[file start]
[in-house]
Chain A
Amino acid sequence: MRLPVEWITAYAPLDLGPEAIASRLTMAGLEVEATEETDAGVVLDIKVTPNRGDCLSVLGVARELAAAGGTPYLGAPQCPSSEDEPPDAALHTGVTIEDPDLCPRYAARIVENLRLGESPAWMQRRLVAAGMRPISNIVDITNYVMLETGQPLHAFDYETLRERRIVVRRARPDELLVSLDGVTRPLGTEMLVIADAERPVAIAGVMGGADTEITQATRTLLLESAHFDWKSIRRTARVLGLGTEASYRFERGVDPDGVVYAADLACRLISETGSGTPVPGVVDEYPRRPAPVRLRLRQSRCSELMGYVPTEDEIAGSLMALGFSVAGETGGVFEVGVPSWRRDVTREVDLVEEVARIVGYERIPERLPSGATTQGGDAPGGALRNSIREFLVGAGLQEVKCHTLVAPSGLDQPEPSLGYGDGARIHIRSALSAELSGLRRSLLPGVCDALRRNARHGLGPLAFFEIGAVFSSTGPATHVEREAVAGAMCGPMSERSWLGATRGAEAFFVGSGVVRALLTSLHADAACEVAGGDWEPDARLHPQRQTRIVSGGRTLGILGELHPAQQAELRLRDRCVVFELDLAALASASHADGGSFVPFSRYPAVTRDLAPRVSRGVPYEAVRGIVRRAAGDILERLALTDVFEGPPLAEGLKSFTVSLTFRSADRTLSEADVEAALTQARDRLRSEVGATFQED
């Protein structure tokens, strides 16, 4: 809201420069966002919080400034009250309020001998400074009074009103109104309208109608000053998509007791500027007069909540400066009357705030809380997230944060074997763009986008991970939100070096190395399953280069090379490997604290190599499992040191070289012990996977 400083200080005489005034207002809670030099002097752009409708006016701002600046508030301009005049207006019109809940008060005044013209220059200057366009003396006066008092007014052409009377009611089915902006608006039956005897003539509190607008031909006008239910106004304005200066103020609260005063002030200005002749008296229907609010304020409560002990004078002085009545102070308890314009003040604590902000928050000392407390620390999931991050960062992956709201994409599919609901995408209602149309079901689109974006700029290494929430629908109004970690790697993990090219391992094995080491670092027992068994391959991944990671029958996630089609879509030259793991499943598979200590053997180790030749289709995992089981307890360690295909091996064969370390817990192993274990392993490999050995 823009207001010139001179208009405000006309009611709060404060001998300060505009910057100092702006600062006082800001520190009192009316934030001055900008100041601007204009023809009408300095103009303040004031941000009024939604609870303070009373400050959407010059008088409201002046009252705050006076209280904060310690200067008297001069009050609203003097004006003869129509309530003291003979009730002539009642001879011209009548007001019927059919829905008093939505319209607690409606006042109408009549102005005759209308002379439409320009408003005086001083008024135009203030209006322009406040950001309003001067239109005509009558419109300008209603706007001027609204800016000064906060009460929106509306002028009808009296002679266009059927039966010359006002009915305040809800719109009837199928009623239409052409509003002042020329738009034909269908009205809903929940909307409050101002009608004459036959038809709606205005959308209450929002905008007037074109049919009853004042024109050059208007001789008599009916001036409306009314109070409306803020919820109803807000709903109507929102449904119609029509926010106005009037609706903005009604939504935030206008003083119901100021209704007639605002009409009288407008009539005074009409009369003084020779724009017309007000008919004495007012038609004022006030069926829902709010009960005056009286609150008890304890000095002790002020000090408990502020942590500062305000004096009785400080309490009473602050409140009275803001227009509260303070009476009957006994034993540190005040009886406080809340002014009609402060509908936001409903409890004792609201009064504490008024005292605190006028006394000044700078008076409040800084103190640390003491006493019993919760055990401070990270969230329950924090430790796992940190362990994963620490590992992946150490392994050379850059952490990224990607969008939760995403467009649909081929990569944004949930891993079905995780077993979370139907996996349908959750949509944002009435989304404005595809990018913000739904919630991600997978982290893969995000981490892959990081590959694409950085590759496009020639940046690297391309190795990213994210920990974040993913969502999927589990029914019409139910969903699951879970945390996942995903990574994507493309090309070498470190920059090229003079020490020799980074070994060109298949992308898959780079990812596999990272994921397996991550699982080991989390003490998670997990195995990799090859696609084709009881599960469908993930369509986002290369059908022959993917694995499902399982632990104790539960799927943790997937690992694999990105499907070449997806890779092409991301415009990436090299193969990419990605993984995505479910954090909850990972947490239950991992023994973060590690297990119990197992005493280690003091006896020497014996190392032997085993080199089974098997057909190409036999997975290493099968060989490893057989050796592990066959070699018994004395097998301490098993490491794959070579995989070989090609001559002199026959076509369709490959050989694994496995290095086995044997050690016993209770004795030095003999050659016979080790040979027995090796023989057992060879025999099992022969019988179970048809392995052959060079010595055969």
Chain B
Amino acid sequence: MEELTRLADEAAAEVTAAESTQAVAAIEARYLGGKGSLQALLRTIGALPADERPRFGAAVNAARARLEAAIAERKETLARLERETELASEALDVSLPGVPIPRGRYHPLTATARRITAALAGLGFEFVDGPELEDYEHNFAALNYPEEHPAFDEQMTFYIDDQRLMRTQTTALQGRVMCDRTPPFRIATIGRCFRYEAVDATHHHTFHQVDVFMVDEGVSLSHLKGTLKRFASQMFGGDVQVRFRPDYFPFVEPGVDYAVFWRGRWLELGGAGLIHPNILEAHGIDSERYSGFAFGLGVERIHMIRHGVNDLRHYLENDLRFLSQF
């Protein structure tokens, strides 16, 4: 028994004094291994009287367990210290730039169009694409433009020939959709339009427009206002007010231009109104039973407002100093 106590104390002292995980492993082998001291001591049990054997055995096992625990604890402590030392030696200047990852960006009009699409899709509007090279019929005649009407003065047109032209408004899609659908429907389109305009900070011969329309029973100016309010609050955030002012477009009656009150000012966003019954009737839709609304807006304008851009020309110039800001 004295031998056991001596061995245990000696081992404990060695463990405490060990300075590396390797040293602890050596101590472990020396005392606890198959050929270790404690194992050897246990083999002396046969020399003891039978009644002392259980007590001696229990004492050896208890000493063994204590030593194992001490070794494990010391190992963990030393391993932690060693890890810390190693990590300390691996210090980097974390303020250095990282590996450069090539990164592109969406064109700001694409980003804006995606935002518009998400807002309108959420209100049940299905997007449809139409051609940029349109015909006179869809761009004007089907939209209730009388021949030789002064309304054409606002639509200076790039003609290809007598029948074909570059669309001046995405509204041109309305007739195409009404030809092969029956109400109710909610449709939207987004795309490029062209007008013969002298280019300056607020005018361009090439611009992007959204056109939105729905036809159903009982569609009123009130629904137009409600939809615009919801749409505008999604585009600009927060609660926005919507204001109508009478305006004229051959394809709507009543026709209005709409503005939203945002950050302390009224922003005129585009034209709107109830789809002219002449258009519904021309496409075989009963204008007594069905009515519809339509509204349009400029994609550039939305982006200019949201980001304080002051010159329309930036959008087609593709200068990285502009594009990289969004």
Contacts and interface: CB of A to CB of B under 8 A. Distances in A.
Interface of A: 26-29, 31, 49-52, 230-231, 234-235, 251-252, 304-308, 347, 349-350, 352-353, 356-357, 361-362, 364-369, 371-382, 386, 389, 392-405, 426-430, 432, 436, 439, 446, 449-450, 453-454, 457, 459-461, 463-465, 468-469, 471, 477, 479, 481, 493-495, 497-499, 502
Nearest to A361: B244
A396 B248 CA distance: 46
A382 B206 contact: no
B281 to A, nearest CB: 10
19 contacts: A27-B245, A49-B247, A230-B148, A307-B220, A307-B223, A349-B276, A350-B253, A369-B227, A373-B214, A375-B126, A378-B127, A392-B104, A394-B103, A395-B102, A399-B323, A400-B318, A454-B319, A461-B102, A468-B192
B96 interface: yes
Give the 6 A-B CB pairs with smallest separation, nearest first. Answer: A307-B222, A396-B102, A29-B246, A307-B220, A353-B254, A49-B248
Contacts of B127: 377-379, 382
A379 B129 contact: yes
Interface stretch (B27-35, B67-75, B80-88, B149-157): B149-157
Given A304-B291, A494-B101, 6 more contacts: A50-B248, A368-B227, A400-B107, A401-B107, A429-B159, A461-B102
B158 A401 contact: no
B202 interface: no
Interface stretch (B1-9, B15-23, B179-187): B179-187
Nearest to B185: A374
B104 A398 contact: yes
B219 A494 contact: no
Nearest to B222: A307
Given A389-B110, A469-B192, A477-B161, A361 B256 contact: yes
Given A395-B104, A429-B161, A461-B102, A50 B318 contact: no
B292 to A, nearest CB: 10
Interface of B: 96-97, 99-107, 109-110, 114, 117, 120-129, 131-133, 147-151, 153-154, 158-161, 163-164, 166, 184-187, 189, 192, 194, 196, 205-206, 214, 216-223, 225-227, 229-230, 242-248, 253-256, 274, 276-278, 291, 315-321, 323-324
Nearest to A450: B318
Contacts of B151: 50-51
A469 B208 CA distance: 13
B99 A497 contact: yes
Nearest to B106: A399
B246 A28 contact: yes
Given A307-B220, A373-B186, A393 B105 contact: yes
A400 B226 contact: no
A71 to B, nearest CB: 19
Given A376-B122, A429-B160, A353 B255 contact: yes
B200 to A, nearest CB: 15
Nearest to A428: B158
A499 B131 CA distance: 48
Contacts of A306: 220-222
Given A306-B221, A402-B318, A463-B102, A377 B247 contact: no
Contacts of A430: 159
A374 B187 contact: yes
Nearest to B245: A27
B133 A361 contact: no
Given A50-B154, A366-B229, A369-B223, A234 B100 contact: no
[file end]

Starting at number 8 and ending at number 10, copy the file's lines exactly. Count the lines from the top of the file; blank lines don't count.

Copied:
Contacts and interface: CB of A to CB of B under 8 A. Distances in A.
Interface of A: 26-29, 31, 49-52, 230-231, 234-235, 251-252, 304-308, 347, 349-350, 352-353, 356-357, 361-362, 364-369, 371-382, 386, 389, 392-405, 426-430, 432, 436, 439, 446, 449-450, 453-454, 457, 459-461, 463-465, 468-469, 471, 477, 479, 481, 493-495, 497-499, 502
Nearest to A361: B244